Maker’s Mark 46: All Growed Up

Our spirits guru sips—and enjoys—the distillery’s first new offering in decades

It’s been a while since Maker’s Mark’s iconic wax-sealed bottle was something to aspire to. Probably about as long as it’s been since you last woke up in someone else’s dorm room with a moustache and sideburns drawn on your face in permanent ink (we hope). Maker’s Mark 46 is the first new whiskey from the historic Loretto distillery since 1958, when Bill Samuels Sr. started peddling his sweet, wheaty hooch, and it’s worth giving the label another try.

This new spirit has the same basic DNA as the stuff you lusted after in college; alterations come at the other end of the process, when barrels of original Maker’s are emptied, fitted with toasted oak staves, and refilled. Several months later, Maker’s 46 (the first 45 experiments didn’t cut it, evidently) emerges: redolent of warm cinnamon, caramel, and wood polish, as well as toasted oak and chocolate. The toasted staves impart wood spiciness without the bitter tannins of charred barrels. Slightly higher in alcohol (47% vs. 45%), Maker’s 46 is not as overly sweet, nor as one dimensional, as the original. The same (we hope) is true of you.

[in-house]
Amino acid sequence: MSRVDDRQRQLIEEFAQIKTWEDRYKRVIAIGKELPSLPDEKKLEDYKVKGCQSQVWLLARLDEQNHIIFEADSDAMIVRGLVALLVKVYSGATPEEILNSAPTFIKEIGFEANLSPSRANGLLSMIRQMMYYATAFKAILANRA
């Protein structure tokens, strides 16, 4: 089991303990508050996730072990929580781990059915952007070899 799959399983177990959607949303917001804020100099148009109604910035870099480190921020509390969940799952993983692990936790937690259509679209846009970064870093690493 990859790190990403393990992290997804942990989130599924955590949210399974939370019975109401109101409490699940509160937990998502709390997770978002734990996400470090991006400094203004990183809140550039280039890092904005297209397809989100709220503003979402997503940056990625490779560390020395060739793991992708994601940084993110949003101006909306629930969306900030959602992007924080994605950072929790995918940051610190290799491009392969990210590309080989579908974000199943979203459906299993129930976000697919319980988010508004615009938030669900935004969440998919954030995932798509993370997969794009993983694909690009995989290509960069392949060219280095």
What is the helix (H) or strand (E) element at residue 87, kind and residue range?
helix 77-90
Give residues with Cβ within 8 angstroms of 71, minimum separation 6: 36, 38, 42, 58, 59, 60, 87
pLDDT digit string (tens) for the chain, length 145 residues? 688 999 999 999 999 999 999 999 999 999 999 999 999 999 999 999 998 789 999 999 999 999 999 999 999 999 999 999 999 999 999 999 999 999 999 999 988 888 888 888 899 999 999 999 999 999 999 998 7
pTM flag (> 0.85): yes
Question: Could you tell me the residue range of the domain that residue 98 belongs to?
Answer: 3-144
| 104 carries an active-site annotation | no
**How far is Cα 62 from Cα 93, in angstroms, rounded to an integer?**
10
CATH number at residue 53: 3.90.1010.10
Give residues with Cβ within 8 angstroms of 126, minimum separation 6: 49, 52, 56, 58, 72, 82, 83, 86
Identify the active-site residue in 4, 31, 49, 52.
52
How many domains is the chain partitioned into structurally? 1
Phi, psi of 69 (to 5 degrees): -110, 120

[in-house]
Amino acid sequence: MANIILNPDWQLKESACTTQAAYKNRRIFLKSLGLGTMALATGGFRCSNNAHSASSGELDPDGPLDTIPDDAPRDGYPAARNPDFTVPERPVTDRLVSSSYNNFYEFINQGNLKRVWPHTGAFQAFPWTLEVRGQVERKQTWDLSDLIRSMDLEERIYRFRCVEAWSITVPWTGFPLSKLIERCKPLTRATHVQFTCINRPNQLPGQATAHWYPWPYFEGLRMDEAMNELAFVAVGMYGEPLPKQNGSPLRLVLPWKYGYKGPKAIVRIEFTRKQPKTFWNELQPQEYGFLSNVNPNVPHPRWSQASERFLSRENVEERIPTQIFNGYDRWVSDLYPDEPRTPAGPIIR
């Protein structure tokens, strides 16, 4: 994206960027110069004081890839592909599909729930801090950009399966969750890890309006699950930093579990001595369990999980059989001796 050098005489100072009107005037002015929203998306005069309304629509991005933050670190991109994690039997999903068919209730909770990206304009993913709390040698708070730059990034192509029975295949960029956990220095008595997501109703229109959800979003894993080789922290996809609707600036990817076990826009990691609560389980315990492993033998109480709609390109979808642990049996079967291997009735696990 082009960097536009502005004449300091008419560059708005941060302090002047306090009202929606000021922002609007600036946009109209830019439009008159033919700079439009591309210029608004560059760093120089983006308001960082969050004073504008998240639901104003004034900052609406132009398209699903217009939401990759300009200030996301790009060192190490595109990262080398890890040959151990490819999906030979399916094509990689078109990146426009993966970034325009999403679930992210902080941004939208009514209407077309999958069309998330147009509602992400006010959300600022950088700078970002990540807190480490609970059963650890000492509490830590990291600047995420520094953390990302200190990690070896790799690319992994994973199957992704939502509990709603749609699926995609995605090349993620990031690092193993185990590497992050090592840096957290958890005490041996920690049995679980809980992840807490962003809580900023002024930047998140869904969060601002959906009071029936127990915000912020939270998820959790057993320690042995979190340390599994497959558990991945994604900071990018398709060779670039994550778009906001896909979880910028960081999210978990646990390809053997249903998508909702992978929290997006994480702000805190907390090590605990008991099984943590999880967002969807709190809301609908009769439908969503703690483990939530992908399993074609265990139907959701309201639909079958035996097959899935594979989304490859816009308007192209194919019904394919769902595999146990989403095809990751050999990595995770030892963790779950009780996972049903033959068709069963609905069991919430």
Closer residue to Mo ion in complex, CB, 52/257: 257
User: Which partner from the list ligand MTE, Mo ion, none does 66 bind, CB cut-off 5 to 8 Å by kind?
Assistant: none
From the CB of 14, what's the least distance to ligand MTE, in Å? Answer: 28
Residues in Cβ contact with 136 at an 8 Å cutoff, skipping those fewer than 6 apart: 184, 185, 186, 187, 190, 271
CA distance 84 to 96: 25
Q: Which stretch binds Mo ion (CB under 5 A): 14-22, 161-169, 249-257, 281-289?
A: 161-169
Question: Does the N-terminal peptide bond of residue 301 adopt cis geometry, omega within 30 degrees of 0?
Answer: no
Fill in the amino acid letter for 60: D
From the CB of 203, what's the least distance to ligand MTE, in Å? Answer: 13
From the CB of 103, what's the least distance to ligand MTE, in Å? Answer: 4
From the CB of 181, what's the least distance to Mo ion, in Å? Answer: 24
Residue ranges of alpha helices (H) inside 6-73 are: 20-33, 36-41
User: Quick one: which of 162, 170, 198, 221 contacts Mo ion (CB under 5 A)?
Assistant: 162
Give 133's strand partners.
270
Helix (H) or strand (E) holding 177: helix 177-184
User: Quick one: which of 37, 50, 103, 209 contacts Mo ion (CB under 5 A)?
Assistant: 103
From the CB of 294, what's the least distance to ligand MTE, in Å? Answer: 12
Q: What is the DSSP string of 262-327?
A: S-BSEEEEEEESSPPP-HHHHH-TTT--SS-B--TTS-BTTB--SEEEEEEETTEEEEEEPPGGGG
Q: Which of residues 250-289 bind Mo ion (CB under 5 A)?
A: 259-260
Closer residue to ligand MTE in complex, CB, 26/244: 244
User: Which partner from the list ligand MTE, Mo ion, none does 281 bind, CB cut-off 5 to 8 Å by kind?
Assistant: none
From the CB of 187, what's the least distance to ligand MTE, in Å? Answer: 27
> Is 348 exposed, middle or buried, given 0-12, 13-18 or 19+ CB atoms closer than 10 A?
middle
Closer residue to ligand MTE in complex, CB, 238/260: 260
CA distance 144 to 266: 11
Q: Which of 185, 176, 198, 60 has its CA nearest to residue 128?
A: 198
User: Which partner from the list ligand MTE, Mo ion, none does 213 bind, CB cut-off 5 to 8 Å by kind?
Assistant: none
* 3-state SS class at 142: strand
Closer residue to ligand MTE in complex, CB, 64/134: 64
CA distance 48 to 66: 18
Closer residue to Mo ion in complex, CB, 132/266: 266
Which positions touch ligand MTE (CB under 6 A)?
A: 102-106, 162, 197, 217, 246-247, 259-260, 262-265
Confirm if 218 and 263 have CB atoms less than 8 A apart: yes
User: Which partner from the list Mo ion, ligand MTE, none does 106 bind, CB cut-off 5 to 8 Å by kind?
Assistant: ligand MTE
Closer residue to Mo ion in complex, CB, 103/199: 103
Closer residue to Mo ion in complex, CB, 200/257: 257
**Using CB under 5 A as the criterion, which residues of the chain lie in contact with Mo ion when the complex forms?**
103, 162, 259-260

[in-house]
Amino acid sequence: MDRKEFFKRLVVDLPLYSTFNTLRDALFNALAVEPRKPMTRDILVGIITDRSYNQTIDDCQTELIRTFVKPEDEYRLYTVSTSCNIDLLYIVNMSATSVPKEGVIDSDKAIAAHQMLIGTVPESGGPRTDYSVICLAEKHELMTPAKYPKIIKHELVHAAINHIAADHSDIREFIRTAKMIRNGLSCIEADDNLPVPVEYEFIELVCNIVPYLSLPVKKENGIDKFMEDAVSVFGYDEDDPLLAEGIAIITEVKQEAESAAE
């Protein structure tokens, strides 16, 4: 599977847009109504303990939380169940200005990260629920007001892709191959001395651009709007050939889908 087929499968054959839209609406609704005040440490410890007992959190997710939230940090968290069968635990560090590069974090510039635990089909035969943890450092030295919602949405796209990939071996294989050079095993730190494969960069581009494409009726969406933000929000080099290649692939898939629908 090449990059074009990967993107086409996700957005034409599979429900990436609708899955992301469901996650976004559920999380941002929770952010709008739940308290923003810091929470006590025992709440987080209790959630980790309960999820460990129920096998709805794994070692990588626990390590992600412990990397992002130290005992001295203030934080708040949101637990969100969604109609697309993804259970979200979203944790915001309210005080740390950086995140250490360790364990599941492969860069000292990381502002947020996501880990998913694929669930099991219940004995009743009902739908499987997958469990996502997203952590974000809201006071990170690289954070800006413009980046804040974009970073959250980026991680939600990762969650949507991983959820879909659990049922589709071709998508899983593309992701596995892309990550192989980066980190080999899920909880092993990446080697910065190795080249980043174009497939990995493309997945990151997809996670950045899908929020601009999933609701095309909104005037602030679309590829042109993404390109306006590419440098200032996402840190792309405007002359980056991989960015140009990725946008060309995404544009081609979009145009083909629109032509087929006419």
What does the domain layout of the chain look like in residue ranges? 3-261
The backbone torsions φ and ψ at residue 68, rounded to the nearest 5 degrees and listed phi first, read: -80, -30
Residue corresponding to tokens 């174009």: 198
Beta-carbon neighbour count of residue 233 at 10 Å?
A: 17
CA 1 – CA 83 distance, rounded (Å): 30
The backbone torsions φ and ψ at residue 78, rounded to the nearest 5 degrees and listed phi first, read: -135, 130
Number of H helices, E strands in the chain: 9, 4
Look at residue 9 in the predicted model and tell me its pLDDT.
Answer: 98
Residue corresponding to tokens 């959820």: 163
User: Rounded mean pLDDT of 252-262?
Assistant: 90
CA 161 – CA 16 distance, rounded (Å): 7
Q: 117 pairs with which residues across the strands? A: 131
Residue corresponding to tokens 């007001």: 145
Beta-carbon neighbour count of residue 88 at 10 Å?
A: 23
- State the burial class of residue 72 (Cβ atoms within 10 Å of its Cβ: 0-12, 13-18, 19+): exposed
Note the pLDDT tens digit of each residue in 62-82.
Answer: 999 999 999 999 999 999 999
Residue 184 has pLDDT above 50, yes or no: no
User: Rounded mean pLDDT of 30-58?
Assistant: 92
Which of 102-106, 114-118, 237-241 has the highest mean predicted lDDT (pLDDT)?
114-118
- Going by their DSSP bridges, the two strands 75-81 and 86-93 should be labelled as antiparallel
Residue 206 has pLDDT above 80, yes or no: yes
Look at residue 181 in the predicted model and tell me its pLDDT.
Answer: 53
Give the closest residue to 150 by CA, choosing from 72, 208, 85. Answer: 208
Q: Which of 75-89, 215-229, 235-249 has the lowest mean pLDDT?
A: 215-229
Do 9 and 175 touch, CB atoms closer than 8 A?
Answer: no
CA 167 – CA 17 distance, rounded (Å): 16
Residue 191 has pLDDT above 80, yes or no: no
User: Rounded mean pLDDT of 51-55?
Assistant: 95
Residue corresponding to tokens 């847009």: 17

$35 for 750ml, makersmark.com/makers46

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